How you can help:

One of the key hotspots is school drop-offs and pick-ups. We appreciate it can be difficult at times but it’s vitally important that we all do our bit in helping to keep the virus at bay. We encourage you to:

  • think about your distance - maintain a two-metre gap from other people and have conversations at a distance.
  • wear a face covering whilst waiting at the school gate / playground when dropping off or collecting your child. (This doesn't apply to pre-school children or anyone that is medically exempt.)
  • when waiting / socialising please be mindful of standing in walkways and thoroughfares.
  • try to drop-off / pick-up as quickly as you can.
  • remind yourself of your school’s specific arrangements and guidance. These will be based on risk assessments, so it is really important you follow these.

Coronavirus clearly poses a risk to the health of you, your families and local communities, so we need to work together and stick to the guidance.

Risk of transmission

Risk to children

Children have a lower risk of COVID-19 compared to adults and, even when infected, they usually only develop a mild infection.

Evidence has shown that when a child is infected, this is mainly from an adult family member in the household, and not from the education setting. There is very little evidence of children being infected by school staff. Children are less likely to need to go to hospital with COVID-19, and when they do, they usually need less serious treatment than adults. In contrast, the harm to students’ mental health and their development of keeping educational settings closed is well established.

When a member of staff is infected, the transmission is more likely to be from their community, someone in their household, or from other school staff.  

Transmission from children

There is good evidence that even when a child is infected, they are less likely to pass COVID-19 to: 

  • other children (as children have a lower risk of getting infected) and  
  • adults

 Exam dates 2021

Young people now have more time to prepare for their exams next year, as most AS, A levels and GCSEs will be held three weeks later to help address the disruption caused by the pandemic.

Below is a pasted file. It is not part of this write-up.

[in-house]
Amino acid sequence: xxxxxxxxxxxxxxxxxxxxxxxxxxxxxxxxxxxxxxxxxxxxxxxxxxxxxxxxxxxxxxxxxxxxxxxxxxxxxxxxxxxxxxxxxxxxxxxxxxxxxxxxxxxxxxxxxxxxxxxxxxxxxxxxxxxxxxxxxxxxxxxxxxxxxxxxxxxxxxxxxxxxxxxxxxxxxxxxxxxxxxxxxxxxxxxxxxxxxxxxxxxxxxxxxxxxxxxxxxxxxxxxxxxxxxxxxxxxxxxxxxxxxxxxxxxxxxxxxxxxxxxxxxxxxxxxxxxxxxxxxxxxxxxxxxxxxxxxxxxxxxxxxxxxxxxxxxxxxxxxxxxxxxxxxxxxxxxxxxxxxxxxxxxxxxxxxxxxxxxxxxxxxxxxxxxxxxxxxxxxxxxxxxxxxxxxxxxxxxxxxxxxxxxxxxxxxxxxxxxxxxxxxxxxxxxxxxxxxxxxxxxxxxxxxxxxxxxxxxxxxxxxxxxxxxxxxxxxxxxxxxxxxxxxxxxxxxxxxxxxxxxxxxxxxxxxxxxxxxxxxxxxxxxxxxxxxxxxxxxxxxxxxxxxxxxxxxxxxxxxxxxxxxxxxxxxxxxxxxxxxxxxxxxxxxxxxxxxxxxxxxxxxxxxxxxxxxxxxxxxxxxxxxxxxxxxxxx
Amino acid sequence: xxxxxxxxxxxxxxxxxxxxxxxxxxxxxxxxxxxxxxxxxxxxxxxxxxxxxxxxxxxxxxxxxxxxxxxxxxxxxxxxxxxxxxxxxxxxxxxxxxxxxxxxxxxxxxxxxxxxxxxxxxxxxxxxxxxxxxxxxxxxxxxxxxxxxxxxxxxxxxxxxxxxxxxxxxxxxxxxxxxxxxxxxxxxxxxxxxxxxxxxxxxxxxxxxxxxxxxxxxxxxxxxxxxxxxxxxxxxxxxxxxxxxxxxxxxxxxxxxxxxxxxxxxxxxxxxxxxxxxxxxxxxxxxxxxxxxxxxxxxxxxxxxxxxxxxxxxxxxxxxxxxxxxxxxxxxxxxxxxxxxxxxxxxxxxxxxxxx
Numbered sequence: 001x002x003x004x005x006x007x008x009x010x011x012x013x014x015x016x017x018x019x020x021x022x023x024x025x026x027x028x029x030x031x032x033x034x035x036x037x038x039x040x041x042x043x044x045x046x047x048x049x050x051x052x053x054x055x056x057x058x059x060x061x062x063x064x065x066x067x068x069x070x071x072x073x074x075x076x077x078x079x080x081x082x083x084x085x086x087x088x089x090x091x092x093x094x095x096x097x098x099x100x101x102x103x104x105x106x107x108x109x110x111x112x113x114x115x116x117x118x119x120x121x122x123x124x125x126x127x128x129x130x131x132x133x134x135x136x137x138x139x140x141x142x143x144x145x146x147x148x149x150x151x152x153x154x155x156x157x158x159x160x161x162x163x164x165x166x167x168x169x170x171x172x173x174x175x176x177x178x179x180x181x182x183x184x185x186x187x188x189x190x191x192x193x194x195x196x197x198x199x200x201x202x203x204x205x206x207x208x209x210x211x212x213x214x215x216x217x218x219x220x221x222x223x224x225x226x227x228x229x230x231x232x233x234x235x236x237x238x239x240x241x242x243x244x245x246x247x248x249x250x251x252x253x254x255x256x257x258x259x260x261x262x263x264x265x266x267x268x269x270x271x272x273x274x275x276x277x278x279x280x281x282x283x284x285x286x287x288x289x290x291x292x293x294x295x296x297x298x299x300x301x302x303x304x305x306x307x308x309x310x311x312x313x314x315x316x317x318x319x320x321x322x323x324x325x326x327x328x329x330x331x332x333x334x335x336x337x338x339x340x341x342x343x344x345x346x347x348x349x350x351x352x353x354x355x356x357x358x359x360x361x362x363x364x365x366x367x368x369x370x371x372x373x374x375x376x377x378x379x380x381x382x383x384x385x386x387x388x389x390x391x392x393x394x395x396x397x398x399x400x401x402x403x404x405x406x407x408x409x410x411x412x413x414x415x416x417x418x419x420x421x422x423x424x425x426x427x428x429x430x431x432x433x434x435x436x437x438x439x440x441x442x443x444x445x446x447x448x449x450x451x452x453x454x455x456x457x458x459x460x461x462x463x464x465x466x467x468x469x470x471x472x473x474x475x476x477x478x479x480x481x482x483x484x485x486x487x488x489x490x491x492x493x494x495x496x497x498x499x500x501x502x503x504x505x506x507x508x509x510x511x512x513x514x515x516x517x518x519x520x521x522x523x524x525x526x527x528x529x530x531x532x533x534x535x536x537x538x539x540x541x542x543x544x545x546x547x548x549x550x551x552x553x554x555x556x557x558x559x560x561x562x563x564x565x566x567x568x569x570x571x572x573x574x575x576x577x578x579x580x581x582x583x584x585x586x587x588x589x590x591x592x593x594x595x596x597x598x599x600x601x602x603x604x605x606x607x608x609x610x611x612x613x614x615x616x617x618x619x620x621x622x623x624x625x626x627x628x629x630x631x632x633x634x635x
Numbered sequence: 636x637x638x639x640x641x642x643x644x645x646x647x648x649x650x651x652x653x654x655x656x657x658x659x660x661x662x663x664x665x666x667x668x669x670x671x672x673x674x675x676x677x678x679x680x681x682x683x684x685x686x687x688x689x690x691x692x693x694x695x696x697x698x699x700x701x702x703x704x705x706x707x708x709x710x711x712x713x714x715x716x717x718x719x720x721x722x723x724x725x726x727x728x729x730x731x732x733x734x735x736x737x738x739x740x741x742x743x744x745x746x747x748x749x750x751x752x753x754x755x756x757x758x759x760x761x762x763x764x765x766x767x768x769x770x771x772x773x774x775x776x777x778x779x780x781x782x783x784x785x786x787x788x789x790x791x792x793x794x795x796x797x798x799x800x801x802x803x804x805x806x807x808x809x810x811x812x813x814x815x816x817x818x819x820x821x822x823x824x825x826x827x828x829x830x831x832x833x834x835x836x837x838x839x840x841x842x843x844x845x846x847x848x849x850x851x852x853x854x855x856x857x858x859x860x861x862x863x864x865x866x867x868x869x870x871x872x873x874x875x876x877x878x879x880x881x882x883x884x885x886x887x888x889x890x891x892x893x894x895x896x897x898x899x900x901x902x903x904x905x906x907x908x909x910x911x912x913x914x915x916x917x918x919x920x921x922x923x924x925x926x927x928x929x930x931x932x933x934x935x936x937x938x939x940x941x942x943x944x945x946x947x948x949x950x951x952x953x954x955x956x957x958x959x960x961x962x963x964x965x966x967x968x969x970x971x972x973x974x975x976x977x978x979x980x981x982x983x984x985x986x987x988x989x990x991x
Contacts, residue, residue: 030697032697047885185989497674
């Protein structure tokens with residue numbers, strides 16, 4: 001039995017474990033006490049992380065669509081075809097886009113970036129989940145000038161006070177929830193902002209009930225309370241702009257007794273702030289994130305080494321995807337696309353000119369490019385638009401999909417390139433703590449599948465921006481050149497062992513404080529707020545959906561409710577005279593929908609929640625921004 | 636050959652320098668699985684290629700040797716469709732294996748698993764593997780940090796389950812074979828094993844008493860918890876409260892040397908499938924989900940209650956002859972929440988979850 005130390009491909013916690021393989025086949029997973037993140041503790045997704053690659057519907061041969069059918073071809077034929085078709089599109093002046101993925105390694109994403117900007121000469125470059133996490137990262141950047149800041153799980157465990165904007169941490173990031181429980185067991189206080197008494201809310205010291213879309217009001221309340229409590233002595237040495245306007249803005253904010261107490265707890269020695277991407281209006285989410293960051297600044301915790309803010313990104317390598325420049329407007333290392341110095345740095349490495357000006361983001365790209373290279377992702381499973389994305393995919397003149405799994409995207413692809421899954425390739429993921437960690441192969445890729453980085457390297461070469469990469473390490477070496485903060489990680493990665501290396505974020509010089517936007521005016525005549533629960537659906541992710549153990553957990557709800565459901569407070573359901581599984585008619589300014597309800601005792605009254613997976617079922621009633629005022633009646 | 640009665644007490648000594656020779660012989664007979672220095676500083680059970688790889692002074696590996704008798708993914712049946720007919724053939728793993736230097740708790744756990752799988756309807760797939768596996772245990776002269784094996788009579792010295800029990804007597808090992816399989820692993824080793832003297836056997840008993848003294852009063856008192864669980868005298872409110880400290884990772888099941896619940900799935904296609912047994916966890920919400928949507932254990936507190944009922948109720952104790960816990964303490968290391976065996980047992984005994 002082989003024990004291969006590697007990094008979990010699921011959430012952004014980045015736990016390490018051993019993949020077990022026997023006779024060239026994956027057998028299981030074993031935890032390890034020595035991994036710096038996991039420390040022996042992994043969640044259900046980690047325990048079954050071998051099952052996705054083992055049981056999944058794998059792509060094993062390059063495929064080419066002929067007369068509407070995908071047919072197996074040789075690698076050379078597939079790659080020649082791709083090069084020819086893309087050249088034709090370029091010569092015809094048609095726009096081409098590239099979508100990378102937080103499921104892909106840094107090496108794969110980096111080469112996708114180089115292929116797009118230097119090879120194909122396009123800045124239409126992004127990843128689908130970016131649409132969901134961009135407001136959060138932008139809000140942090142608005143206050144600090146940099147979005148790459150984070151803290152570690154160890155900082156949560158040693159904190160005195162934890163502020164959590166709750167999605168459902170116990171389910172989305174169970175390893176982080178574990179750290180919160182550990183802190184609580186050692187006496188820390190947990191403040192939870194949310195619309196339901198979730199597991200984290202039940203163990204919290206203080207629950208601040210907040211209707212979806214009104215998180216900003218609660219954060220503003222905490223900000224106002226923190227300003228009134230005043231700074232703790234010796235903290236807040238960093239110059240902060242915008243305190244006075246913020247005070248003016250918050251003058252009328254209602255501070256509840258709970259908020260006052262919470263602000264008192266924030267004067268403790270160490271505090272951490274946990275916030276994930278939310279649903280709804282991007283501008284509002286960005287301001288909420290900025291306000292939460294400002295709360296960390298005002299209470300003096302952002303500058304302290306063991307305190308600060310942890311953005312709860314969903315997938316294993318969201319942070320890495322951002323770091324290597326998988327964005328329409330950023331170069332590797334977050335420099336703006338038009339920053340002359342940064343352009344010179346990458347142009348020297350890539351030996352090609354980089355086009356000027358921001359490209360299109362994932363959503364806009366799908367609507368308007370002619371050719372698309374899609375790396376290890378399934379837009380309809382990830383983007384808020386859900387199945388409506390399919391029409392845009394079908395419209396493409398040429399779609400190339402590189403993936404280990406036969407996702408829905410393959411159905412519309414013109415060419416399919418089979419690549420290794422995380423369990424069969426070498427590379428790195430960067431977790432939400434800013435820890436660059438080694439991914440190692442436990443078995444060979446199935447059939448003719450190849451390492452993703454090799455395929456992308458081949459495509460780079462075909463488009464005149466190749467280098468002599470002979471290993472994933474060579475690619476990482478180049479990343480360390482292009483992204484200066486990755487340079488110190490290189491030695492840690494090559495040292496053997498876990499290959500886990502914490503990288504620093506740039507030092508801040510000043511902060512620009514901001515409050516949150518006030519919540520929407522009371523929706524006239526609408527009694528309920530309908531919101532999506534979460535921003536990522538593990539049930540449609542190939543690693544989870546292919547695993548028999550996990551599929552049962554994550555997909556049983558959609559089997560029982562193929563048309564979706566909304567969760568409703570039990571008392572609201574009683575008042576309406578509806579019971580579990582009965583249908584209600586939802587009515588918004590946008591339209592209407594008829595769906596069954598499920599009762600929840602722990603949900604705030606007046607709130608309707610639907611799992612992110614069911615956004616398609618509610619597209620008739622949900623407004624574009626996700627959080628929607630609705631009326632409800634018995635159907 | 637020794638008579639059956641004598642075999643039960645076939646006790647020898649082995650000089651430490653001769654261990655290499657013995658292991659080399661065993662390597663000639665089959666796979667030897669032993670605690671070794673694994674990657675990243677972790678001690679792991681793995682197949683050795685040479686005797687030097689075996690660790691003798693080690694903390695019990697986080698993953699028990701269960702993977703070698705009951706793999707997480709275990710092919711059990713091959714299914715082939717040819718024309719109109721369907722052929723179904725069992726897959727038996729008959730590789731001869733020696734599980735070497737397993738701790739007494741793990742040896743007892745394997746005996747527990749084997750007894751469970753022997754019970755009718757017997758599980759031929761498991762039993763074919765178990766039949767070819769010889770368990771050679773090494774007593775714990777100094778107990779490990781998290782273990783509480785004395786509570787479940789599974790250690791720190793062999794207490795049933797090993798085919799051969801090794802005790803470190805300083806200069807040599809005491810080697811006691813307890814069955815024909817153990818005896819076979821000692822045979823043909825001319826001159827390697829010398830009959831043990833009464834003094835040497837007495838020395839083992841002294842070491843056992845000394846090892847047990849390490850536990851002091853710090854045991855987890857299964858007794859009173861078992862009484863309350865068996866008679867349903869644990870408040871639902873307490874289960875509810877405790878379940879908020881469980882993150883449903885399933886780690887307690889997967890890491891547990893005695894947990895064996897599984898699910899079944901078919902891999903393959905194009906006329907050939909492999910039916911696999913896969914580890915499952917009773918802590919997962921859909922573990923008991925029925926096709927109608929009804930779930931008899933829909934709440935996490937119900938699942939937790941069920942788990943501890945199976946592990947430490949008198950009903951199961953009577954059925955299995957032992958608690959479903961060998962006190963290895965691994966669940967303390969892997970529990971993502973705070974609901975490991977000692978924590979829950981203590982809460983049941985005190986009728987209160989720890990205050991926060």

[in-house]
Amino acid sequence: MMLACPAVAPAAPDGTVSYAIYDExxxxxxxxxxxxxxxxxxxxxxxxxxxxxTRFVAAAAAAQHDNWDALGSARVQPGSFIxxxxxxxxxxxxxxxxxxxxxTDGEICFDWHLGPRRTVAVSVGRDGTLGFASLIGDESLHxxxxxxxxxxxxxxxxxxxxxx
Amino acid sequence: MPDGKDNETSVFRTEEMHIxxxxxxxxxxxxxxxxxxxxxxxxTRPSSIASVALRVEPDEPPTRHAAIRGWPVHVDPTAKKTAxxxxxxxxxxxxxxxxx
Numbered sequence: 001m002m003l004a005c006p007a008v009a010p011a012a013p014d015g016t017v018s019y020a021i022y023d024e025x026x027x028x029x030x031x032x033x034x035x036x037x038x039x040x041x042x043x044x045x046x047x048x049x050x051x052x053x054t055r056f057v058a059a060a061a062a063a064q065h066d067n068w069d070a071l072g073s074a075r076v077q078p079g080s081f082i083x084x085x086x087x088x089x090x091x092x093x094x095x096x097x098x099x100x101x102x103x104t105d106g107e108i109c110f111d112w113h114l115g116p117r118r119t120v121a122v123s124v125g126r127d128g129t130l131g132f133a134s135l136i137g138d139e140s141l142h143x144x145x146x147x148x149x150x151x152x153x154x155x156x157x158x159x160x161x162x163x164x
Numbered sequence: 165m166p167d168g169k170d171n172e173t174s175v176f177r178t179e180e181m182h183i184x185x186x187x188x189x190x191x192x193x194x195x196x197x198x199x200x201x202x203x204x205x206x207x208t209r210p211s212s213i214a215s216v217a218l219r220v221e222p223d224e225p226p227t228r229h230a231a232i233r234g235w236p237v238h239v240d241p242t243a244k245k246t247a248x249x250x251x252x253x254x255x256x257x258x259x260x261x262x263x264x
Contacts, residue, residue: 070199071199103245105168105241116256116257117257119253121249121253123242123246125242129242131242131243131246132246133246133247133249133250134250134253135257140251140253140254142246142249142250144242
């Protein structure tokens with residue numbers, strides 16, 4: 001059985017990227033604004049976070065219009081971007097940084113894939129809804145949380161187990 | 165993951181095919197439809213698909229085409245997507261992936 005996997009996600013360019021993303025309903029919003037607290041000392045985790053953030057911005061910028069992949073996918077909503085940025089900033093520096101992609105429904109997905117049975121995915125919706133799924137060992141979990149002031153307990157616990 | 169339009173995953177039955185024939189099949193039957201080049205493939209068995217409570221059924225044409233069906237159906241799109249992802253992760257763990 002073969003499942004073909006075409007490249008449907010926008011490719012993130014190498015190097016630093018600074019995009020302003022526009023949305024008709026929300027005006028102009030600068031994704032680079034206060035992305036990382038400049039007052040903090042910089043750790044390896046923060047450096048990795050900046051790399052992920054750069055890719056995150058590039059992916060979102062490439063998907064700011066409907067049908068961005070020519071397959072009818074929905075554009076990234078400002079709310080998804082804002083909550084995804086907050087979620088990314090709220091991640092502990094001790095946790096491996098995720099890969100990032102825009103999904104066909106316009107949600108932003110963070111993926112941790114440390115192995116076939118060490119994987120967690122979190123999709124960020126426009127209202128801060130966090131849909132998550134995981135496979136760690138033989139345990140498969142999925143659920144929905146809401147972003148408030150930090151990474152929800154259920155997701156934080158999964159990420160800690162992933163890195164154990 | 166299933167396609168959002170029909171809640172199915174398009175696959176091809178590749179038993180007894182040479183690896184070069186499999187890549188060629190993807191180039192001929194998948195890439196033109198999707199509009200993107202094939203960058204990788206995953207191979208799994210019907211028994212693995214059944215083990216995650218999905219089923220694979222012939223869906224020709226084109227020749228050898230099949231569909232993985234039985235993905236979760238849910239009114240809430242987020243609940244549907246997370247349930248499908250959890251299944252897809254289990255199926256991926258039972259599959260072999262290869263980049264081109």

The summer exam series will start on 7 June and end on 2 July for almost all AS and A levels and GCSEs.

Results days are Tuesday, 24 August for A and AS levels and Friday, 27 August for GCSEs.

Frequently asked questions

We've worked with the parent carers forum to answer some questions you might have about your child returning to school in Autumn 2020.

Government guidance

Parents and carers can read the following government guidance:

Local lockdown: guidance for education and childcare settings

What parents and carers need to know about schools, colleges and other education settings during the coronavirus outbreak 

Supporting your children's education during coronavirus (COVID-19) - Home Learning

Vulnerable children

We are working hard to adapt how we deliver services to provide continued support and protection to our most vulnerable children.  We are taking steps to find new ways of keeping in touch with children and families who are working with us and may need help at this difficult time.

If your child has a social worker you can contact them using their normal office number but be prepared for a call back as our staff prioritise calls. 

If you’re a foster carer or connected carer our Fostering team will be in touch to ensure you feel supported. Our Front Door services are continuing to prioritise referrals to respond to protect children who are at immediate risk of harm.

Further school information

Your school will provide you with more information – including questions about school meals and transport.

A reminder that children who need to self-isolate for whatever reason should not be at school. Find this latest information on the NHS website about self-isolation and how long this should be.

Also see